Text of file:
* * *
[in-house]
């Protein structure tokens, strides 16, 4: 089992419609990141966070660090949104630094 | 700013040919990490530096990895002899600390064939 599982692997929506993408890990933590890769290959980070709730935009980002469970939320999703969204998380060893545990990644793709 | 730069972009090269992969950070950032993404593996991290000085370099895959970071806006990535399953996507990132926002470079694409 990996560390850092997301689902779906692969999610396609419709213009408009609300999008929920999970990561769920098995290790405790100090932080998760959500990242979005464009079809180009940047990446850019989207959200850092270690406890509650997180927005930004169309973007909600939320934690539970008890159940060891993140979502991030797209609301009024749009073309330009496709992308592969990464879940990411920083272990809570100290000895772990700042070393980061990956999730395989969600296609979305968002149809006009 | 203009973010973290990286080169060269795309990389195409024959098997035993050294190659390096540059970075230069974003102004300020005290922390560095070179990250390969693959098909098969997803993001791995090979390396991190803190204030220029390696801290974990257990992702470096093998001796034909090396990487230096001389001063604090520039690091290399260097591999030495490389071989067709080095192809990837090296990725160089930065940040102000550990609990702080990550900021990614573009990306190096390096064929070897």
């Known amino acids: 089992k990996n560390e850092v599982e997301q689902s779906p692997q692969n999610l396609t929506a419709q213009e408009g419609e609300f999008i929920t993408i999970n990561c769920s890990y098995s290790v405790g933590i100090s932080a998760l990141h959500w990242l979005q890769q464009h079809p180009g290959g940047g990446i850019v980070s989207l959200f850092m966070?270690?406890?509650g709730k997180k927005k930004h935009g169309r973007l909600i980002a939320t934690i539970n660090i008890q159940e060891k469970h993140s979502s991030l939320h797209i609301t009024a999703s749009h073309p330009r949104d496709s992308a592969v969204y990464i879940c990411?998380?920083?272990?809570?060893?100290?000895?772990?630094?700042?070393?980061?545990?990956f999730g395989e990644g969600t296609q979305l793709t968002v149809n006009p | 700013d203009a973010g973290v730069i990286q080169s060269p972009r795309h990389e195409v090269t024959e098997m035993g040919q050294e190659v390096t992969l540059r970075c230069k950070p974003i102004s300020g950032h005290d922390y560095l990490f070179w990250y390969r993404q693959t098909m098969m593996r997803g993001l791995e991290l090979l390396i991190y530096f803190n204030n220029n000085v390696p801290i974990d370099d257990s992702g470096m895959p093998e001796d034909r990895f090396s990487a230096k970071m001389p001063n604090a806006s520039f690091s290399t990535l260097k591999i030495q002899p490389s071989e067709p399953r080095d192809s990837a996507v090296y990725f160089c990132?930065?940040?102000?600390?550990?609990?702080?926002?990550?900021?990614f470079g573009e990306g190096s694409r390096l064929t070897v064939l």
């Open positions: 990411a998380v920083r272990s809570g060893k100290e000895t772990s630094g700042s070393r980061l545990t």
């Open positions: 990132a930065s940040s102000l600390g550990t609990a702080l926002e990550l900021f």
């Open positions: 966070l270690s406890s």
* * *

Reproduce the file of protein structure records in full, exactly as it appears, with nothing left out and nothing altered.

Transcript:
[in-house]
């Protein structure tokens, strides 16, 4: 089992419609990141966070660090949104630094 | 700013040919990490530096990895002899600390064939 599982692997929506993408890990933590890769290959980070709730935009980002469970939320999703969204998380060893545990990644793709 | 730069972009090269992969950070950032993404593996991290000085370099895959970071806006990535399953996507990132926002470079694409 990996560390850092997301689902779906692969999610396609419709213009408009609300999008929920999970990561769920098995290790405790100090932080998760959500990242979005464009079809180009940047990446850019989207959200850092270690406890509650997180927005930004169309973007909600939320934690539970008890159940060891993140979502991030797209609301009024749009073309330009496709992308592969990464879940990411920083272990809570100290000895772990700042070393980061990956999730395989969600296609979305968002149809006009 | 203009973010973290990286080169060269795309990389195409024959098997035993050294190659390096540059970075230069974003102004300020005290922390560095070179990250390969693959098909098969997803993001791995090979390396991190803190204030220029390696801290974990257990992702470096093998001796034909090396990487230096001389001063604090520039690091290399260097591999030495490389071989067709080095192809990837090296990725160089930065940040102000550990609990702080990550900021990614573009990306190096390096064929070897």
């Known amino acids: 089992k990996n560390e850092v599982e997301q689902s779906p692997q692969n999610l396609t929506a419709q213009e408009g419609e609300f999008i929920t993408i999970n990561c769920s890990y098995s290790v405790g933590i100090s932080a998760l990141h959500w990242l979005q890769q464009h079809p180009g290959g940047g990446i850019v980070s989207l959200f850092m966070?270690?406890?509650g709730k997180k927005k930004h935009g169309r973007l909600i980002a939320t934690i539970n660090i008890q159940e060891k469970h993140s979502s991030l939320h797209i609301t009024a999703s749009h073309p330009r949104d496709s992308a592969v969204y990464i879940c990411?998380?920083?272990?809570?060893?100290?000895?772990?630094?700042?070393?980061?545990?990956f999730g395989e990644g969600t296609q979305l793709t968002v149809n006009p | 700013d203009a973010g973290v730069i990286q080169s060269p972009r795309h990389e195409v090269t024959e098997m035993g040919q050294e190659v390096t992969l540059r970075c230069k950070p974003i102004s300020g950032h005290d922390y560095l990490f070179w990250y390969r993404q693959t098909m098969m593996r997803g993001l791995e991290l090979l390396i991190y530096f803190n204030n220029n000085v390696p801290i974990d370099d257990s992702g470096m895959p093998e001796d034909r990895f090396s990487a230096k970071m001389p001063n604090a806006s520039f690091s290399t990535l260097k591999i030495q002899p490389s071989e067709p399953r080095d192809s990837a996507v090296y990725f160089c990132?930065?940040?102000?600390?550990?609990?702080?926002?990550?900021?990614f470079g573009e990306g190096s694409r390096l064929t070897v064939l």
């Open positions: 990411a998380v920083r272990s809570g060893k100290e000895t772990s630094g700042s070393r980061l545990t």
């Open positions: 990132a930065s940040s102000l600390g550990t609990a702080l926002e990550l900021f």
């Open positions: 966070l270690s406890s």